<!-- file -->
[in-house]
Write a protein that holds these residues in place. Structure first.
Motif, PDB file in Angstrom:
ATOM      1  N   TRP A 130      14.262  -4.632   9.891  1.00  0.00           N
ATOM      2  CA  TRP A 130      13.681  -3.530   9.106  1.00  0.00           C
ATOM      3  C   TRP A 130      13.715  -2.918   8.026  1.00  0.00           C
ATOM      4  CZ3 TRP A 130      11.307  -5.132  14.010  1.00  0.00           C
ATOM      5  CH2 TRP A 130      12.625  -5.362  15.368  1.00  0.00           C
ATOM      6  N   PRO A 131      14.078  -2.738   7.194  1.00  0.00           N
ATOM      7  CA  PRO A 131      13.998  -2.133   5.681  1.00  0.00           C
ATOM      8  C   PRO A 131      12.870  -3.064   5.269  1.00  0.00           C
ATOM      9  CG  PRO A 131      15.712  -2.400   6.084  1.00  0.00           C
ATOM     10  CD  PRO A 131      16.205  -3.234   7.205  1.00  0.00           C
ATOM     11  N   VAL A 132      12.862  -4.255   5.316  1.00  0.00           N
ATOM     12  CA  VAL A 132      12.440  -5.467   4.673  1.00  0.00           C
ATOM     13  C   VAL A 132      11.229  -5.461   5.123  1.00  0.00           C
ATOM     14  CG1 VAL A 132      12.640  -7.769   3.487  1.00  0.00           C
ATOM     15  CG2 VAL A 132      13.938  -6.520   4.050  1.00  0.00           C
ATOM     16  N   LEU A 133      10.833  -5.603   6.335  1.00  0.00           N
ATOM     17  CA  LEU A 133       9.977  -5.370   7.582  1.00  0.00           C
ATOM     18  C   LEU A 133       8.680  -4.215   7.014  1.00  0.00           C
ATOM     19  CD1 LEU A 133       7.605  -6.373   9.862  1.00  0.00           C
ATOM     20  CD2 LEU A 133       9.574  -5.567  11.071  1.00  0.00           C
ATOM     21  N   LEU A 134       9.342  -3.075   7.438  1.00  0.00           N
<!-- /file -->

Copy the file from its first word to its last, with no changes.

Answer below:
[in-house]
Write a protein that holds these residues in place. Structure first.
Motif, PDB file in Angstrom:
ATOM      1  N   TRP A 130      14.262  -4.632   9.891  1.00  0.00           N
ATOM      2  CA  TRP A 130      13.681  -3.530   9.106  1.00  0.00           C
ATOM      3  C   TRP A 130      13.715  -2.918   8.026  1.00  0.00           C
ATOM      4  CZ3 TRP A 130      11.307  -5.132  14.010  1.00  0.00           C
ATOM      5  CH2 TRP A 130      12.625  -5.362  15.368  1.00  0.00           C
ATOM      6  N   PRO A 131      14.078  -2.738   7.194  1.00  0.00           N
ATOM      7  CA  PRO A 131      13.998  -2.133   5.681  1.00  0.00           C
ATOM      8  C   PRO A 131      12.870  -3.064   5.269  1.00  0.00           C
ATOM      9  CG  PRO A 131      15.712  -2.400   6.084  1.00  0.00           C
ATOM     10  CD  PRO A 131      16.205  -3.234   7.205  1.00  0.00           C
ATOM     11  N   VAL A 132      12.862  -4.255   5.316  1.00  0.00           N
ATOM     12  CA  VAL A 132      12.440  -5.467   4.673  1.00  0.00           C
ATOM     13  C   VAL A 132      11.229  -5.461   5.123  1.00  0.00           C
ATOM     14  CG1 VAL A 132      12.640  -7.769   3.487  1.00  0.00           C
ATOM     15  CG2 VAL A 132      13.938  -6.520   4.050  1.00  0.00           C
ATOM     16  N   LEU A 133      10.833  -5.603   6.335  1.00  0.00           N
ATOM     17  CA  LEU A 133       9.977  -5.370   7.582  1.00  0.00           C
ATOM     18  C   LEU A 133       8.680  -4.215   7.014  1.00  0.00           C
ATOM     19  CD1 LEU A 133       7.605  -6.373   9.862  1.00  0.00           C
ATOM     20  CD2 LEU A 133       9.574  -5.567  11.071  1.00  0.00           C
ATOM     21  N   LEU A 134       9.342  -3.075   7.438  1.00  0.00           N